June 17, 2020

*Blog post written by: **Oscar Javier Hernandez*

**link to the Quantum open source foundation**

Given the set of all possible stocks, what is the best way to choose the subset that optimizes financial objectives such as maximizing returns or minimizing the investment risks for an asset manager or individual? This problem is known as the portfolio-optimization problem and is rooted in the work of Harry Markowitz from 1952. In the original formulation, the optimal portfolio allocation is the one that produces the maximum ratio between the portfolio return and its risk. This problem can be stated as an optimization problem where the objective is to minimize the quadratic objective function ** **

$$ C({\bf w})= \lambda{\bf w}^T \Sigma {\bf w} -(1-\lambda ){\bf u} \cdot {\bf w},$$

where $\Sigma$ is the $N \times N$ covariance matrix of the $N$-selected stocks , ${\bf w}$ represents the percentage % of invested capital in a given asset (with $\sum_i w_i =1$), ${\bf u}$ is the vector representing the expected returns of the stocks and $0 \leq \lambda \leq 1$ is the asset manager control parameter. The first term ${\bf w}^T \Sigma {\bf w}$ in this expression represents the volatility of the chosen portfolio, while the second term ${\bf u} \cdot {\bf w}$ represents the expected returns. Therefore, a low value of $\lambda$ favors the expected returns of the portfolio while a value approaching $1$ favors low volatility. This simple cost function can be extended to include other effects, such as rebalancing costs and market impact.

In this post, we will focus on solving the discrete version of this problem. In this formulation, instead of the continuous holding vector $ {\bf w} $ which represent percentage allocations, we have the discrete holding vector ${\bf z}$** **that consists of integer entries where $+1$ is a hold position, $-1$ a short position and $0$ indicates no position. For a set of $N$ stocks, there are $3^N$ feasible portfolio holding combinations to compute and therefore solving the discrete portfolio optimization problem becomes exponentially more difficult with larger $N$. Furthermore, in the discrete version of this problem, we are interested in imposing the constraint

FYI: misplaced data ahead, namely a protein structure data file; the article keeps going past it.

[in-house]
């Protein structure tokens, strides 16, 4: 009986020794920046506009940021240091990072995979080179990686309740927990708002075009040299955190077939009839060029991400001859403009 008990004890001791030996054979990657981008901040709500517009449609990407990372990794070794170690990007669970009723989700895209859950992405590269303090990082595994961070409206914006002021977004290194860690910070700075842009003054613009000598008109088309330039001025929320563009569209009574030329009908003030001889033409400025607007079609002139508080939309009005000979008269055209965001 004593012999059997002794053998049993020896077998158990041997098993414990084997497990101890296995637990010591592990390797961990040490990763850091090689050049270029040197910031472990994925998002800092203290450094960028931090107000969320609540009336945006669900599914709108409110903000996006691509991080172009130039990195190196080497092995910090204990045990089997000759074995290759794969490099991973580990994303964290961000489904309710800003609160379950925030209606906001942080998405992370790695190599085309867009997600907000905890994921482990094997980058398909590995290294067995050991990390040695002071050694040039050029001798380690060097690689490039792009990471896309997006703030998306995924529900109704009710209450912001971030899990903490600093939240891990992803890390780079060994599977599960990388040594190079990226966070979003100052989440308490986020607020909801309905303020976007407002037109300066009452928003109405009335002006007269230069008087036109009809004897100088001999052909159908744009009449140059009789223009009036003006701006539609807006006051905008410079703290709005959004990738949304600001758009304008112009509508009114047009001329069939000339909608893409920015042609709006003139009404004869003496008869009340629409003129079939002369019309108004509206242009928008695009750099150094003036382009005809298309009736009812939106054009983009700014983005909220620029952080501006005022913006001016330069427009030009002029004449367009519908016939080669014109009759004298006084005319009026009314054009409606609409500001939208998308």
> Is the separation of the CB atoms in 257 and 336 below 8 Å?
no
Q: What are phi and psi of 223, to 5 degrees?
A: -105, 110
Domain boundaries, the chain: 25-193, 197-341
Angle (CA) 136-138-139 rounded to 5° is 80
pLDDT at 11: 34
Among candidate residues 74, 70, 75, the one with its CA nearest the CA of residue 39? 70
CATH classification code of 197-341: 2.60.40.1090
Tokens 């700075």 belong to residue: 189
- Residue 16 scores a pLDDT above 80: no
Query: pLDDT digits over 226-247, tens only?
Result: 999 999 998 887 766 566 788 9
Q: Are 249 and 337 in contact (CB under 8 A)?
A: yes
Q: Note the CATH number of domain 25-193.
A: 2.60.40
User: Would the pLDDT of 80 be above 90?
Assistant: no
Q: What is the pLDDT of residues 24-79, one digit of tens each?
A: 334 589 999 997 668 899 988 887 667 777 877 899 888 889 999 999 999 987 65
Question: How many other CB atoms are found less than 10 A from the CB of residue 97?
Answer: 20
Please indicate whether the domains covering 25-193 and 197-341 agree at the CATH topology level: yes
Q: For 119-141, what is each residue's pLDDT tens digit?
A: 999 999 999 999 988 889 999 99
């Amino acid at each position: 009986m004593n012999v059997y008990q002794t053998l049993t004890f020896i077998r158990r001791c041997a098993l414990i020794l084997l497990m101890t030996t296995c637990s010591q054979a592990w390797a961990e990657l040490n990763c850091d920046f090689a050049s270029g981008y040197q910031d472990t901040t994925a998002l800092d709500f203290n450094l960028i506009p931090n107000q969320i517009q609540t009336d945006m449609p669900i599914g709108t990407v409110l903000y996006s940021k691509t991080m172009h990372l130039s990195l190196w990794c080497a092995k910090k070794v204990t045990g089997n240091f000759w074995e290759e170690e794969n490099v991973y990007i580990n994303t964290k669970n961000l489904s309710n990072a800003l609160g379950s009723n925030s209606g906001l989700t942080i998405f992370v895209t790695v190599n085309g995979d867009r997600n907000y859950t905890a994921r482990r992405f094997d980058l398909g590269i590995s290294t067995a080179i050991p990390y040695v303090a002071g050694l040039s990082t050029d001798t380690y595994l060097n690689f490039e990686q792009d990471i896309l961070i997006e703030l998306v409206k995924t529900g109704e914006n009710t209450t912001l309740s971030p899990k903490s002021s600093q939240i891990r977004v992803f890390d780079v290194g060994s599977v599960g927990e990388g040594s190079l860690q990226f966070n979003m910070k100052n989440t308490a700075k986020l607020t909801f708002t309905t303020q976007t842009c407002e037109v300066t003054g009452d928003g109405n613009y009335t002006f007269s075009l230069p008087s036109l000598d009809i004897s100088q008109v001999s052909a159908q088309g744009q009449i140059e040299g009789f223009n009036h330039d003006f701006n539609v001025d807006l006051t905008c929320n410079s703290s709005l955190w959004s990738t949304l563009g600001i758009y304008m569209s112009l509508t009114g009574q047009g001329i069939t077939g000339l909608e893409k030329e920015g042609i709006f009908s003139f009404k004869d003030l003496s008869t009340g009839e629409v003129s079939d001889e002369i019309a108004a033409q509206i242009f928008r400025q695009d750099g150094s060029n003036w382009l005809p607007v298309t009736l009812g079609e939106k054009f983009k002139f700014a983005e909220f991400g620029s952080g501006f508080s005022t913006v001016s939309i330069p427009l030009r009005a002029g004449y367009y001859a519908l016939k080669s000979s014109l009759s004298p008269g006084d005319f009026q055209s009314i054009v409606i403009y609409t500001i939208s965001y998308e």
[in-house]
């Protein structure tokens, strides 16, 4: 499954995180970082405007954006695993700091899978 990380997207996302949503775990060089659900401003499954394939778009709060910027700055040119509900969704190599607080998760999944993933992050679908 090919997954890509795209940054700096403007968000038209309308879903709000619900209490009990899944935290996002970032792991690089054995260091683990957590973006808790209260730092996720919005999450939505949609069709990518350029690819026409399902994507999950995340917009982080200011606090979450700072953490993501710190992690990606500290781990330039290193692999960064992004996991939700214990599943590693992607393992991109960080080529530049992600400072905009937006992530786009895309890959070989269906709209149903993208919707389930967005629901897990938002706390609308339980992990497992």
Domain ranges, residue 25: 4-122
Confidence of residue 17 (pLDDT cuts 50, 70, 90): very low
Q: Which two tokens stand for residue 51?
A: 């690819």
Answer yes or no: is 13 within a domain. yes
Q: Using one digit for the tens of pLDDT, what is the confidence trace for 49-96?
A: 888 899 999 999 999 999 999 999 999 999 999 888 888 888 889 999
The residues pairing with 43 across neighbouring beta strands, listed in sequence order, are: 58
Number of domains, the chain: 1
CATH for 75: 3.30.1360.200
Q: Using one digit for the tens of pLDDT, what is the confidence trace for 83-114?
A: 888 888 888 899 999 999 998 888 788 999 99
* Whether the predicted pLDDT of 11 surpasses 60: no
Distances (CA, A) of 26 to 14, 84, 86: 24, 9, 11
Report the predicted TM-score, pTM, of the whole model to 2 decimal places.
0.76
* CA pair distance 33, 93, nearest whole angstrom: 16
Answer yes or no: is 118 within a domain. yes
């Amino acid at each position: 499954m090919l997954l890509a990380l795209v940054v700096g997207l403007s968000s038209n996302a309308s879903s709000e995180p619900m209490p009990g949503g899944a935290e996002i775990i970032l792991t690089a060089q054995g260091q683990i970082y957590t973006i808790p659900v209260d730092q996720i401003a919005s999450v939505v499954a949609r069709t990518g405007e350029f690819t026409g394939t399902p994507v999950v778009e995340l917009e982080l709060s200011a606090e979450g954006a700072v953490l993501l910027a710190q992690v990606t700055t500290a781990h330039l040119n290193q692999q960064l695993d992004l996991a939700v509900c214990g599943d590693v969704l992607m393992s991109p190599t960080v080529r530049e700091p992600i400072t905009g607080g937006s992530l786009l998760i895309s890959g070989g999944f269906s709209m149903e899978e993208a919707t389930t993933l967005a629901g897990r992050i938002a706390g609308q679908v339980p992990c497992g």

$$ \sum_i z_i =D,$$

that represents our desire to have exactly $D$ equally valued positions to be invested in each stock.

Due to the exponentially increasing problem size, this problem can be very slow to solve on a classical computer when $N$ becomes large. For an $N$** **-qubit Quantum computer, $2^N$-possible bitstrings can be stored as a quantum state, allowing quantum computers the potential to sample these exponentially growing model spaces and determine the optimal values more efficiently than a classical computer. Currently available quantum hardware exists as noisy intermediate-scale quantum computers (NISQ) available through cloud-based APIS. Quantum algorithms such as the Quantum approximate optimization algorithm (QAOA) are available that can be executed on these NISQ devices as well as on simulators.